Jocko Willink Warns Against Nerfing ‘Brutal’ SEAL Training

October 12, 2022Mac Caltrider
Jocko Willink SEAL training

Jocko Willink served for over 20 years in the SEAL teams, including during the Battle of Ramadi. Composite by Coffee or Die Magazine.

Retired Navy SEAL officer Jocko Willink published an essay this week warning against altering the severe nature of SEAL training in the wake of Seaman Kyle Mullen’s Feb. 4 death. Mullen died after successfully completing the notoriously difficult “Hell Week” of BUD/S training.

In the essay, published Wednesday, Oct. 12, by FOX News, Willink, a Silver Star recipient and book author, describes “conducting, directing, and overseeing vast amounts of brutal training” during his career as a SEAL. He details some of the SEALs’ desert land warfare training in which trainees simulate the rigors of operating in foreign deserts with the full weight of their gear and equipment, all while enduring explosions, CS gas, and simulated firefights with paintballs. He notes that this particular facet of the BUD/s course is but one small portion of a much larger conditioning process. Furthermore, he cautions that, despite its brutal nature, the training pales in comparison to combat and making it less grueling would ultimately weaken the SEAL teams.

“The SEALs were always sleep deprived and dehydrated,” Willink writes. “And the environment was always too hot or too cold or too wet or too dry. Everyone got cuts, scrapes, and bruises. Sprained ankles, strained knees, and injured backs and shoulders occurred with regularity. Heat casualties were common. Sometimes, in rare but tragic cases, SEALs died in training.”

BUDS candidates.jpeg

U.S. Navy SEAL candidates participate in Basic Underwater Demolition/SEAL (BUD/S) training. SEALs are the maritime component of U.S. Special Forces and are trained to conduct a variety of operations from the sea, air and land. U.S. Navy photo by Petty Officer 1st Class Abe McNatt.

According to The New York Times, at least 11 SEALs have died in training since 1953. But despite the fact that training fatalities occur at unusually high rates among Navy SEALs when compared with similarly elite units in other branches, such as Army Special Forces, Willink remains adamant that the tradition of dangerously harsh SEAL training should not be tampered with.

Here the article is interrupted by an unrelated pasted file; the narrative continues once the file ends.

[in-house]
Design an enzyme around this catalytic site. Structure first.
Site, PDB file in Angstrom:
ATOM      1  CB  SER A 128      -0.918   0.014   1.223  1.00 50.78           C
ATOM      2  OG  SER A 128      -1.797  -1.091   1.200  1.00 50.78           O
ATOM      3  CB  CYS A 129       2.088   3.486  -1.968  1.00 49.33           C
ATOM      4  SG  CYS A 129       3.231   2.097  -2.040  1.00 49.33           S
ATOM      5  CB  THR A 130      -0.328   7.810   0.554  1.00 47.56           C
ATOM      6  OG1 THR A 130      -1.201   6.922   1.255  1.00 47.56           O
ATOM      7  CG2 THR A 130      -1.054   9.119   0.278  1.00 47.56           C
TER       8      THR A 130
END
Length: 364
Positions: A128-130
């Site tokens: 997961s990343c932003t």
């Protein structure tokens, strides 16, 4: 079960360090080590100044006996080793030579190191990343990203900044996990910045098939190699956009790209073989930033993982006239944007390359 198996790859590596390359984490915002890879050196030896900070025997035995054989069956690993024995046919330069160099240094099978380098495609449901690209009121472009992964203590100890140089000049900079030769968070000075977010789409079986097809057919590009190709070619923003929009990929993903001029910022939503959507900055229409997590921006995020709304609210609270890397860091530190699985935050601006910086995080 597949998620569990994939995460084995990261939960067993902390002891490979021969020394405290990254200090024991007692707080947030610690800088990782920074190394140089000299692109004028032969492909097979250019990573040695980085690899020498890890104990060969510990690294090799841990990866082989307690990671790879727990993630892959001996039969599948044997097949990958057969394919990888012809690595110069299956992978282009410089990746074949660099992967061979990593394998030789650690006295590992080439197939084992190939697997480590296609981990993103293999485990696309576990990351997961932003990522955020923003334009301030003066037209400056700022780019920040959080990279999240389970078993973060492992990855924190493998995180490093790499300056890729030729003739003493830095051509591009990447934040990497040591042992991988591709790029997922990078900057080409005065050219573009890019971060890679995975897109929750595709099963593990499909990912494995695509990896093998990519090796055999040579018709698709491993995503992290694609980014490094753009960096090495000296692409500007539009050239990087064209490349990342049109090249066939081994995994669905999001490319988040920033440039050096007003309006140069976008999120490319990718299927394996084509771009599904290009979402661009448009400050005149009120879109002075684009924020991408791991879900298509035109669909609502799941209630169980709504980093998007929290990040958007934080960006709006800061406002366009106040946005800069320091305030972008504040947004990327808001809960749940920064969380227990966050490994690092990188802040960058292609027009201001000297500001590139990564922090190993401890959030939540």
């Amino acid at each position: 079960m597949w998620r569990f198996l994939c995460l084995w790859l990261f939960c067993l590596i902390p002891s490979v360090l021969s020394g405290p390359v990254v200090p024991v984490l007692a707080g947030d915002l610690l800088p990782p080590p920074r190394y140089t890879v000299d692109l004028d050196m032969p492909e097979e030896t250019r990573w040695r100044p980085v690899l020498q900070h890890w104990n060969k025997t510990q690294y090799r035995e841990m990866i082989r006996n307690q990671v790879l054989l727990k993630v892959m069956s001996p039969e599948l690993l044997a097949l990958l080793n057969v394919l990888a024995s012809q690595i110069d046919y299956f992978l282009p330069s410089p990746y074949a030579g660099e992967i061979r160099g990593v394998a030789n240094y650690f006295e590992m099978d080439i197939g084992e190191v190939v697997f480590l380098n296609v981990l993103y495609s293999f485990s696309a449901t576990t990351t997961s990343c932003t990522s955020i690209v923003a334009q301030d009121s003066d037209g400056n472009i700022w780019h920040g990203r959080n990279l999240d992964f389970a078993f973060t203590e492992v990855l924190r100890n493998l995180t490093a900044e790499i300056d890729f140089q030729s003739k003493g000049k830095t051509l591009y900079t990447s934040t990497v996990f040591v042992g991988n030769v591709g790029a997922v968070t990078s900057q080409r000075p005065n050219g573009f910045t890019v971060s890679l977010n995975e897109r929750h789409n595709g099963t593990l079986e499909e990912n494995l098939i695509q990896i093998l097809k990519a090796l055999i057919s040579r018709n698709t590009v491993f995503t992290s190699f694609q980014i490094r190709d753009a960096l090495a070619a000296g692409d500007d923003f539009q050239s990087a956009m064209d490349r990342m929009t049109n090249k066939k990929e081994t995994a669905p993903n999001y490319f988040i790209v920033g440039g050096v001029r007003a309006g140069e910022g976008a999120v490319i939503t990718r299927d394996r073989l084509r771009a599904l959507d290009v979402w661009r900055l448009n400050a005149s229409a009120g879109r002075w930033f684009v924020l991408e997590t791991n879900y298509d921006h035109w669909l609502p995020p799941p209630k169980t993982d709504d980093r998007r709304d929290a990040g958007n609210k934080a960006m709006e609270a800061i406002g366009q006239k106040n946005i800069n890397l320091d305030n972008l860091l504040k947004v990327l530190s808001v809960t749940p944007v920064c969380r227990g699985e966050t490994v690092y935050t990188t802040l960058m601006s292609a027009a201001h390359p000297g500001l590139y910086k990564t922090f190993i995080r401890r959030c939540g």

“Our training is historically based on the worst combat conditions imaginable: the beaches of Normandy, the hinterland of Korea, the jungles of Vietnam, the mountains of Afghanistan, and the urban warzones of Iraq,” he writes. “Our existence is brutal. War is brutal. Because of that — our training is brutal. And it needs to stay that way.”

Read Next: WARCOM: Performance-Enhancing Drugs Didn’t Kill SEAL Candidate

Mac Caltrider
Mac Caltrider

Mac Caltrider is a senior staff writer for Coffee or Die Magazine. He served in the US Marine Corps and is a former police officer. Caltrider earned his bachelor’s degree in history and now reads anything he can get his hands on. He is also the creator of Pipes & Pages, a site intended to increase readership among enlisted troops. Caltrider spends most of his time reading, writing, and waging a one-man war against premature hair loss.

More from Coffee or Die Magazine
navy seal training
Navy SEALS Training Plagued by Massive Problems, According To Investigation

Medical oversight and care were “poorly organized, poorly integrated and poorly led and put candidat...

memorial day arlington
Memorial Day Is a Day of Remembrance, Not Celebration

Memorial Day was created as a remembrance to honor the fallen by decorating graves — a holiday meant...

air force joint chiefs
Air Force Fighter Pilot Tapped As Next Joint Chiefs Chairman Has History of Firsts

The Air Force fighter pilot about to be nominated as the next chairman of the Joint Chiefs of Staff ...

sowf special operations warrior foundation
BRCC Donates $500K to Special Operations Warrior Foundation

In an effort to continue Black Rifle Coffee Company’s mission of supporting the veteran community, B...

Coca Cola 600
BRCC to Honor Fallen Marine During NASCAR’s Legendary Coca-Cola 600

Black Rifle Coffee Company will honor Marine Gunnery Sgt. Joseph Menusa during NASCAR’s Coca-Cola 600 this Memorial Day. Menusa was killed in 2003 during the invasion of Iraq.

uss gerald r. ford oslo
US Aircraft Carrier Arrives In NATO Member Norway, To Take Part In Drills

The nuclear-powered ship USS Gerald R. Ford entered the Oslo fjord escorted by a rapid dinghy-type boat with armed personnel on board.

adam driver indy 500
Marine Vet, Actor Adam Driver Named Honorary Starter for Indianapolis 500

Two-time Academy Award nominee Adam Driver, who will soon be starring as Enzo Ferrari in a biopic of...

  • About Us
  • Privacy Policy
  • Careers
Contact Us
  • Request a Correction
  • Write for Us
  • General Inquiries
© 2023 Coffee or Die Magazine. All Rights Reserved